Wednesday, April 21, 2010

Old World Beers Out in the Big World!

I neglected to mention that during our recent foray to the Scottsdale Whole Foods Market a few weeks back, I espied bottles of Old World Brewing product on the shelf.

Hmmm. What do I see on that shelf, cozied up next to the likes of Pabst Blue Ribbon, Rogue's Dead Guy, and Sonoran Victory IPA, Corona and Bud Light Lime? Why it's Old World's Irish Red Ale, Nitro Blonde Ale, Old World Wit and Dark Knight Porter. Literally a style to suit any taste.

I guess that little brewery just off the airstrip at Deer Valley is really coming into its own. Reminds me, it's been a month or more since I stopped in for a glass of something cold. That's too long. But if I continue to see their beers on more store shelves around town, will I drop into the tap room as frequently if I can just buy bombers at the store? No worry there. Seems like the best of both worlds.


Monday, April 12, 2010

"Cascadia Dark Ale," people! Let's hear it!

I wonder if Germans in the 17th, 18th and 19th centuries were aware of new and emerging beer styles. Given that in those days people were often born, lived and died without having traveled more than a few miles from their homes, I suspect that folks just drank what they were given and they liked it or hated it without much regard for what was “emerging” elsewhere in the country or on the continent. (I use this period and location as a general illustration; certainly the same could be asked about folks living in England, Ireland, Scotland – anywhere.)

We’re a lot more plugged in now – for better or worse; I have to remind myself to shut off the 24-hour news when I’m around Beer Rant HQ. A phrase or expression dropped in friendly conversation can find its way ‘round the earth in no time and don’t get me started on the whole viral video thing. It makes an old-timer’s head spin. I sometimes wish I could have been born, live and die within a few miles of where I was born.

In any event, a phrase from the Deschutes Brewing Brand Ambassador a couple of weeks ago, has stuck in my mind and, I’ve stumbled onto it again in my Internet travels. I’m a little late to the party, but dare I say that I smell an emerging beer style on the horizon.

First, a related Quick Riff:

Widmer Brothers
W ’10 Pitch Black IPA

Dark coffee color but not opaque with a robust beige head. Smells faintly of grapefruit but not like an IPA. There is a balanced maltiness and hoppiness. Looks like a stout, labeled like an IPA but really neither.

I’ll admit this isn’t much of a review but bear in mind that this sampling was done on March 14th, 2010, before my conversation with Erik Frank, the Deschutes Brand Ambassador. In that brief discussion, Mr. Frank made mention of a new style akin to a dark IPA and he used the term “cascadia.” Hmmm.

Go back to my comment that Widmer’s Pitch Black IPA is neither a stout (though it looks every bit the part) nor an IPA (though it did have hints of hoppiness and a grapefruit smell).

Now, jump over to a post that Lisa Morrison recently made at
Hop Press. Ms. Morrison – in very few words – sums up the emerging “Black IPA” or “Cascadia” style and she makes an excellent argument for enshrining this as a distinct style. I don’t cotton to the label “Black IPA” since the name IPA already comes with a shipload of baggage (not the least of which is the dubious history behind the origin of the style). Is the Cascadia style ready to be set apart as a separate style for beer judging – I don’t think so, yet – but if it’s dark but not a stout, and it’s hoppy but not an IPA, then what the hell is it?

I vote “Cascadian Dark Ale” or any name that includes “Cascadian” or “Cascadia.” If the danged thing originated and “emerged” in the Pacific Northwestern United States, then for heaven’s sake, call this new beer “Cascadia” something or other.

And, to bring this little commentary full circle, I’ll just say I feel like some simple blacksmith somewhere in Germany just tasting a rauchbier for the first time, or a dimwitted carpenter in Ireland who’s just taken a quaff of his first pilsner. Where do I go from here? Lord only knows, but I’m ready.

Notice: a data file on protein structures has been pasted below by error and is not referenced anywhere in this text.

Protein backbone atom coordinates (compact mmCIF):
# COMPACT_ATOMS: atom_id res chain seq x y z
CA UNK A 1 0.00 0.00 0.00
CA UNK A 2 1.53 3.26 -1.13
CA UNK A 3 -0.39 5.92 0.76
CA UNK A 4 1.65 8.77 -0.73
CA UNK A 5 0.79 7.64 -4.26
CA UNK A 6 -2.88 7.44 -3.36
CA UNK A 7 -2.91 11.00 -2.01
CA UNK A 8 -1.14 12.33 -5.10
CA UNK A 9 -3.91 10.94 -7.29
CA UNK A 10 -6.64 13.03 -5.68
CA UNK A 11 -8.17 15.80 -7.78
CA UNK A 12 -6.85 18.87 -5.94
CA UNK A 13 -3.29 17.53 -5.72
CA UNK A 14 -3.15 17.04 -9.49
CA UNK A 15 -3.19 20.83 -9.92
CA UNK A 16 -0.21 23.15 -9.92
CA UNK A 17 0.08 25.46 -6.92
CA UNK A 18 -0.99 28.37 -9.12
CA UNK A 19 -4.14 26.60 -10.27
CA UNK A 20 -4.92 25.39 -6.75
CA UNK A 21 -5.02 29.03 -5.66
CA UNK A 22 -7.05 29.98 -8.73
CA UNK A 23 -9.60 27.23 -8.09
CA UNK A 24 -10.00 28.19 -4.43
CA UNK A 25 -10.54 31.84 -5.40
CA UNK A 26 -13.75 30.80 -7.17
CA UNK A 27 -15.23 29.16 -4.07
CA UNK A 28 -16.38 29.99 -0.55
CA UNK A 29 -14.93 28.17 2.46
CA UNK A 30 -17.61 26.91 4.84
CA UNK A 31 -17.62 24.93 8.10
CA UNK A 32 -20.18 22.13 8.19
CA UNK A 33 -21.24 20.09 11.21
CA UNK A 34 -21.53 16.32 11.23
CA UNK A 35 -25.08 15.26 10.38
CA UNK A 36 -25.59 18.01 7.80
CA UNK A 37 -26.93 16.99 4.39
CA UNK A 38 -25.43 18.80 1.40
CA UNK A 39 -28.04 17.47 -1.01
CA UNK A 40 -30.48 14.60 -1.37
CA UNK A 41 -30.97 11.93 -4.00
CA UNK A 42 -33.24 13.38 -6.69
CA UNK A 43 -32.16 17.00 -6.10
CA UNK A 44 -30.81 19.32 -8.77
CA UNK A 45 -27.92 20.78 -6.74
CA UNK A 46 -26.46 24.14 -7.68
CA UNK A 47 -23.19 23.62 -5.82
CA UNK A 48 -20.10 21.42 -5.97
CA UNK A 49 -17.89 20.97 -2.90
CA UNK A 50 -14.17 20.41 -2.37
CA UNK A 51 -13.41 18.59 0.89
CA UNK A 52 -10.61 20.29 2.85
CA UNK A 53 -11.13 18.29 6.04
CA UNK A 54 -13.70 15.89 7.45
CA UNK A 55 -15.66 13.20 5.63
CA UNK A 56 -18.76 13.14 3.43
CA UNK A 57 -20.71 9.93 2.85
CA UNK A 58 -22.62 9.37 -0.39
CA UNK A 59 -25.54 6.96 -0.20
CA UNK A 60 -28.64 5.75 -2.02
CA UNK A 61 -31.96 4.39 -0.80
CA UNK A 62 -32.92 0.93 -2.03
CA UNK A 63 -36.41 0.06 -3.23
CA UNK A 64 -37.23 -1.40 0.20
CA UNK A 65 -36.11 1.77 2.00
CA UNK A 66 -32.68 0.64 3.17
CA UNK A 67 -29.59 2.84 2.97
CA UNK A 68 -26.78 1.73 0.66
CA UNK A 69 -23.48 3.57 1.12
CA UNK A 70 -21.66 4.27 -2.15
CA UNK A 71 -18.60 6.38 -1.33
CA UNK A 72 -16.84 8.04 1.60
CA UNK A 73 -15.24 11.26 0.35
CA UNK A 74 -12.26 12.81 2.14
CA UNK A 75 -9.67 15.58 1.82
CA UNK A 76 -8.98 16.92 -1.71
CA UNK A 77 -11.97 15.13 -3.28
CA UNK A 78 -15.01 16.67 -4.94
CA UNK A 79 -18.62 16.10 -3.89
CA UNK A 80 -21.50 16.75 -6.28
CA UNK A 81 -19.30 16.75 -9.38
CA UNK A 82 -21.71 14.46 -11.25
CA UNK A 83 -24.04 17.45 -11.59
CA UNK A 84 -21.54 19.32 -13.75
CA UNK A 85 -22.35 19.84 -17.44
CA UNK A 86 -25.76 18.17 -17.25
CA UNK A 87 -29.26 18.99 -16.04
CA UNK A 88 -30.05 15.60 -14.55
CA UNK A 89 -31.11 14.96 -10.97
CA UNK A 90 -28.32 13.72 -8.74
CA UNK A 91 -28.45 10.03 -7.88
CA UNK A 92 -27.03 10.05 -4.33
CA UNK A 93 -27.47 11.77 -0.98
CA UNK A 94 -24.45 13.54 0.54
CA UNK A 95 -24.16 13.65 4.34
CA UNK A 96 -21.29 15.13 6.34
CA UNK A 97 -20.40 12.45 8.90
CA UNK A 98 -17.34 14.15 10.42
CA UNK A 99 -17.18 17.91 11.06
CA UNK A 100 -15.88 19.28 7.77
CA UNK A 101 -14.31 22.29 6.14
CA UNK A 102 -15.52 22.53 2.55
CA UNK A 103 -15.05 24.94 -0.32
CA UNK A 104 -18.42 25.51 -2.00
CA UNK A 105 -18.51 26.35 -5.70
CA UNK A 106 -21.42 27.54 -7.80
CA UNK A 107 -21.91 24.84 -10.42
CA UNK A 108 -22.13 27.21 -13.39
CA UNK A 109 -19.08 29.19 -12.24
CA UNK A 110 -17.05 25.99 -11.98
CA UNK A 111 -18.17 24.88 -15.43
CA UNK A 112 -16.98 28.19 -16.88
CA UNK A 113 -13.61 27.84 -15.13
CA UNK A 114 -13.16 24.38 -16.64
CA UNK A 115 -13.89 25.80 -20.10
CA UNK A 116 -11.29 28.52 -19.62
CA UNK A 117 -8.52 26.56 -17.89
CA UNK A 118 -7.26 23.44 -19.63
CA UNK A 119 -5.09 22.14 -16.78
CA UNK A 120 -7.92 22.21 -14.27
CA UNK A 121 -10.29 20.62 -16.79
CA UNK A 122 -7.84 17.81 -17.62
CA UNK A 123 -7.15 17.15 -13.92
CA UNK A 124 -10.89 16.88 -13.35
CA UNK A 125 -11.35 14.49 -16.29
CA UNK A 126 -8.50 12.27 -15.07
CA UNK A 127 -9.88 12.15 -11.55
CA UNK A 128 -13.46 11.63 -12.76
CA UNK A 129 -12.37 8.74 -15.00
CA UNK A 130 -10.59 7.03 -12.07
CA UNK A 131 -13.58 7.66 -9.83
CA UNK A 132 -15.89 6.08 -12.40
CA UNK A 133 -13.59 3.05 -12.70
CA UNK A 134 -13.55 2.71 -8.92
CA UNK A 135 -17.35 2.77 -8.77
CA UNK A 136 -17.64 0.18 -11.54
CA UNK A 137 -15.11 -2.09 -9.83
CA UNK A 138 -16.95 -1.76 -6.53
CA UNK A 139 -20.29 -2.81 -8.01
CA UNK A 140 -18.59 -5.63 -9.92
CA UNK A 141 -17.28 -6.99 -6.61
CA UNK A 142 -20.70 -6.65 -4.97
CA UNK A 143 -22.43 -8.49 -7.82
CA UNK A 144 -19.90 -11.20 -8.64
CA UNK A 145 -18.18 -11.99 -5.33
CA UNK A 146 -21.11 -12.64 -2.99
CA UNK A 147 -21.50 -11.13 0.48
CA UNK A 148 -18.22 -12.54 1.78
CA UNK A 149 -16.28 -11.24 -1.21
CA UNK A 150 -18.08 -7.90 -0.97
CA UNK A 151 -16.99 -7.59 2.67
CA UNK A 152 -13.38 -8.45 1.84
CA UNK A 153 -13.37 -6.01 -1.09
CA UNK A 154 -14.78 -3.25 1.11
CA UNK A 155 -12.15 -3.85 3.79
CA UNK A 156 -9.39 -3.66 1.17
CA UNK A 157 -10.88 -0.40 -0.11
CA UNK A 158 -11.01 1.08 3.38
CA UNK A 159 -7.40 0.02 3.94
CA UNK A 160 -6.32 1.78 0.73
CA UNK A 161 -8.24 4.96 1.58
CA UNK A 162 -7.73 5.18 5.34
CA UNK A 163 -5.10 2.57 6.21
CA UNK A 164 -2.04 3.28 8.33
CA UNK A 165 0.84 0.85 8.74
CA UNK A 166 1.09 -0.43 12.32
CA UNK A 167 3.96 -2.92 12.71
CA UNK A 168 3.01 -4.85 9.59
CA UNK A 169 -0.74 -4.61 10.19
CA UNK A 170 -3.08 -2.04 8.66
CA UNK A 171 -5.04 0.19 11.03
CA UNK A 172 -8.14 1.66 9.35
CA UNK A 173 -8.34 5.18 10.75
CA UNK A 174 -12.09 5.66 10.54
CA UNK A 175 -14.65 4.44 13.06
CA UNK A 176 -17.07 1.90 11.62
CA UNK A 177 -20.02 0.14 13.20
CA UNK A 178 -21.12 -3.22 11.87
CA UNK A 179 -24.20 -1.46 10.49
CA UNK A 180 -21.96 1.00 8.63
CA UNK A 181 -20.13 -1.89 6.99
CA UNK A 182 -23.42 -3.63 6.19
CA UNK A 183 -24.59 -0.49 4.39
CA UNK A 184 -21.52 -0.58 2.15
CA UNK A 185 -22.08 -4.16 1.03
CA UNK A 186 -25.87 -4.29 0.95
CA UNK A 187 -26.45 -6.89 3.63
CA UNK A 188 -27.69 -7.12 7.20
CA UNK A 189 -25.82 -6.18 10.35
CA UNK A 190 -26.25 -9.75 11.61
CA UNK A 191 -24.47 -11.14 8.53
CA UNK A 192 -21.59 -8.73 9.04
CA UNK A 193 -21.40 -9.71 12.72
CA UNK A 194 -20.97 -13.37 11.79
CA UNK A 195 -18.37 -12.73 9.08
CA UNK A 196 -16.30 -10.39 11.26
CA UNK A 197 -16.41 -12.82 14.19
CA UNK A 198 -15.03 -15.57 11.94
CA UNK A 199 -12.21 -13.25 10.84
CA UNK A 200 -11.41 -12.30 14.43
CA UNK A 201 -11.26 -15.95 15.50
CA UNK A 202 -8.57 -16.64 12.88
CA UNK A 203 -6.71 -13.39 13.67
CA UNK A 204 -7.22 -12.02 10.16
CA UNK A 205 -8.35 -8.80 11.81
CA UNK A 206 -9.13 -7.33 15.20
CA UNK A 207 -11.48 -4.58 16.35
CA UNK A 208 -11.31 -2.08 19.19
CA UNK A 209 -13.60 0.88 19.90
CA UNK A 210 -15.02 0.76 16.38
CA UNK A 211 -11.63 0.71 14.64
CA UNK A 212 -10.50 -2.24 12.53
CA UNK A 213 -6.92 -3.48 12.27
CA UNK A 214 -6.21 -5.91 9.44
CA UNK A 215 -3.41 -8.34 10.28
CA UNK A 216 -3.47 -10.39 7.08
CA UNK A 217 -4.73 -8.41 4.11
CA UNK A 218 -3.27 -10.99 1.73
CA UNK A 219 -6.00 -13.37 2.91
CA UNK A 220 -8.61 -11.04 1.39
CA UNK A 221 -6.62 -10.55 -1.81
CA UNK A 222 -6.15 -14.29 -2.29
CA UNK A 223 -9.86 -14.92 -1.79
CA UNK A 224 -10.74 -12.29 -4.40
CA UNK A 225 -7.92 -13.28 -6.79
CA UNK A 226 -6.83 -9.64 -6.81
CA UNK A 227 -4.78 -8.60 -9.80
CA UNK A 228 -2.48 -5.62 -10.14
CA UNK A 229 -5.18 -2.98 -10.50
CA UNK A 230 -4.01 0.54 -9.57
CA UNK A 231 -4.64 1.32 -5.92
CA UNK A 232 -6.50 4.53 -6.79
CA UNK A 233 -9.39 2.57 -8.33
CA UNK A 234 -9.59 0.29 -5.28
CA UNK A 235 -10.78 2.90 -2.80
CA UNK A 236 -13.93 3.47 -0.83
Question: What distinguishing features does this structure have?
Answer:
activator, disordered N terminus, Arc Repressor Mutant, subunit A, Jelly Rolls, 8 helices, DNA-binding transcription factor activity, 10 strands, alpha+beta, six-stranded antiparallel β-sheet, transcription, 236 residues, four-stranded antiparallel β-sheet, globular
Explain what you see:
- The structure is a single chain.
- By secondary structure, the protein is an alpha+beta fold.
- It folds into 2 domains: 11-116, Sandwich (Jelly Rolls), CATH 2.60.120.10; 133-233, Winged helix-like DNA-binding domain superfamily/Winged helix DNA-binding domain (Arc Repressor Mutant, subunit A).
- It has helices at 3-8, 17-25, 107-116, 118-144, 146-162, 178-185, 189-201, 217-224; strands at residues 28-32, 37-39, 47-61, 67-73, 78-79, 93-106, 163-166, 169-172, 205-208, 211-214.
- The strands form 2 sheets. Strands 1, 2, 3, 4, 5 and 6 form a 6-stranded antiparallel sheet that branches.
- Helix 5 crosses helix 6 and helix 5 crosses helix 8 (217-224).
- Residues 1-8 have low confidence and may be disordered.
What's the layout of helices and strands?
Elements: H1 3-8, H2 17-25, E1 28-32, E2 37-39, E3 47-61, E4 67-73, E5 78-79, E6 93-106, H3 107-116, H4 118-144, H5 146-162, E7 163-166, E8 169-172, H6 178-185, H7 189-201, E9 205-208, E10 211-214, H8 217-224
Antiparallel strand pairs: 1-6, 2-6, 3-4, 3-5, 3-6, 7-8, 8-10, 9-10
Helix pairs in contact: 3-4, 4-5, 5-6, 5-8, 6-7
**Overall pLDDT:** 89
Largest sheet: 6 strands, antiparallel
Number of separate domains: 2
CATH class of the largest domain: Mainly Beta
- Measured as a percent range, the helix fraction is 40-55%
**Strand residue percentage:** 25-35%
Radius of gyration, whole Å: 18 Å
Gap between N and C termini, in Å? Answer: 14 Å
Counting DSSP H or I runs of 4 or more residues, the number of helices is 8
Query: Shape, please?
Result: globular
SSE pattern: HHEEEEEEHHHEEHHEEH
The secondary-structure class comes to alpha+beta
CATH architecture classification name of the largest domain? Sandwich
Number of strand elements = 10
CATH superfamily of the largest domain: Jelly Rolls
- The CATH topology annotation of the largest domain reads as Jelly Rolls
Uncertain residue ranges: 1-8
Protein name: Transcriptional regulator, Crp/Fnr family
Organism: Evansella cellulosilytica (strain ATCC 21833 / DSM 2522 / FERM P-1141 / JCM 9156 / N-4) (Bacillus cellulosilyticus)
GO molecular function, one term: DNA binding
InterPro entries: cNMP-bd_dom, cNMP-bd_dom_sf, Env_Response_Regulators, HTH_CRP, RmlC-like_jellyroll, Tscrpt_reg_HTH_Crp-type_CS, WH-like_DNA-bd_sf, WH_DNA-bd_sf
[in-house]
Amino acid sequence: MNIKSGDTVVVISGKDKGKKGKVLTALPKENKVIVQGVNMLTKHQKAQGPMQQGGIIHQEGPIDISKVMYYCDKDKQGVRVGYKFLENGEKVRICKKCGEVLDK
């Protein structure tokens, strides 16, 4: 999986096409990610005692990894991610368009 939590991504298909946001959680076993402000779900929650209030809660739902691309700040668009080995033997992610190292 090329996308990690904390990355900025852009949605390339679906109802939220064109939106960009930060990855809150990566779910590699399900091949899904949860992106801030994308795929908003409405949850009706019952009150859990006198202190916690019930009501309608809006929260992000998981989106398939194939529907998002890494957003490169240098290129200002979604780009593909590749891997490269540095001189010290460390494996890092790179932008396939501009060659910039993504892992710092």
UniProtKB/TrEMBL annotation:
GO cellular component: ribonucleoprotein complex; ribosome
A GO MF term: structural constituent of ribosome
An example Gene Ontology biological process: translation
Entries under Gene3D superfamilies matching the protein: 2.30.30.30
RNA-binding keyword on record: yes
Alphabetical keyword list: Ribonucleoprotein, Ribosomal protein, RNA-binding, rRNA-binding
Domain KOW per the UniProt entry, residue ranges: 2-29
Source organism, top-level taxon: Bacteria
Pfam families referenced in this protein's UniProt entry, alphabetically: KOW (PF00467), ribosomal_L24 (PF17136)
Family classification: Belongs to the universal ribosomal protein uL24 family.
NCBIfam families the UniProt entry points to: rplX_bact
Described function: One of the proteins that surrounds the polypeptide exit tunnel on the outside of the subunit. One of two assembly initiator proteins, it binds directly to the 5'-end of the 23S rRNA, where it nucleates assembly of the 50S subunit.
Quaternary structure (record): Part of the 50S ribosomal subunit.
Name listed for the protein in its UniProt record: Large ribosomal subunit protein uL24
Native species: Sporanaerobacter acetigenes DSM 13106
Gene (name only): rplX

Thursday, April 8, 2010

Beer Moment: Carbon Footprint. Winter Beer in Summer Climes

That stash of Norwegian Nogne O Winter Ale that I picked up for a song is living out its last days in a cabinet in the garage, but alas, the temperature here at Beer Rant HQ is consistently hitting the mid 80s and it won’t be long before the remaining Winter Ale migrates inside the house to be hidden in the back of a dark, relatively cool, closet.

On the drive home this afternoon I figured I’d better pop the top off one of those Winter Ales and once home I promptly placed one into the freezer for a prompt cool down while I proceeded to work in the yard, waiting.

I’m dry setting some pavers in a shady corner of the yard. The Japanese boxwoods that once were there are gone – failure to thrive. I figure this little niche is a nice nook for the grandkids to play and cavort and a few pavers will make a nifty little flat spot for them to do whatever 4- and 2-year olds do when they’re visiting Papaw. (Turns out I'm better at cultivating grandkids than I am at cultivating Japanese boxwoods.)

It’s pushing 86 degrees in the backyard and I’d imagine that’s as far from Norwegian climes as I’m likely to be ever in my life this time of year – dry setting pavers in the desert southwest, waiting eagerly for that dark, licorice Norwegian goodness. I didn’t finish my work – the prospect of cold beer was too enticing.

Gee, we’ve got it good in this country. Fresh bananas in northern Washington in the winter and dark, robust Norwegian Winter Ale in Arizona in April with the thermometer pushing 90 degrees!

Please spare a prayer for the folks in West Virginia – you know which ones I’m talking about – then thank God every day if you don’t make your living underground.

Monday, April 5, 2010

Deschutes' Woody Beer Wagon

Spring training baseball in sunny Arizona one week, the ski slopes of Breckenridge, Colorado the next. Tough gig, right?

Better than a beer festival....
A week ago this past Saturday I actually managed to make a beer plan come together; I managed to make time to see Woody, the Deschutes Beer Wagon at a local Whole Foods Market. I’d stumbled on a link to Woody's Twitter Feed while cruising the Deschutes website. The itinerary indicated Woody would be heading south to participate in Spring Training activities in the Phoenix area and for the next week, I feverishly schemed to figure out the best place to see the beer wagon. Spring training is the notorious hangout for snowbirds and locals who skip work to take in a few innings and some beer. There was a time when I could take a day and play hooky from work on short notice, but that luxury seems to have evaporated. Bottom line: Spring Training was out.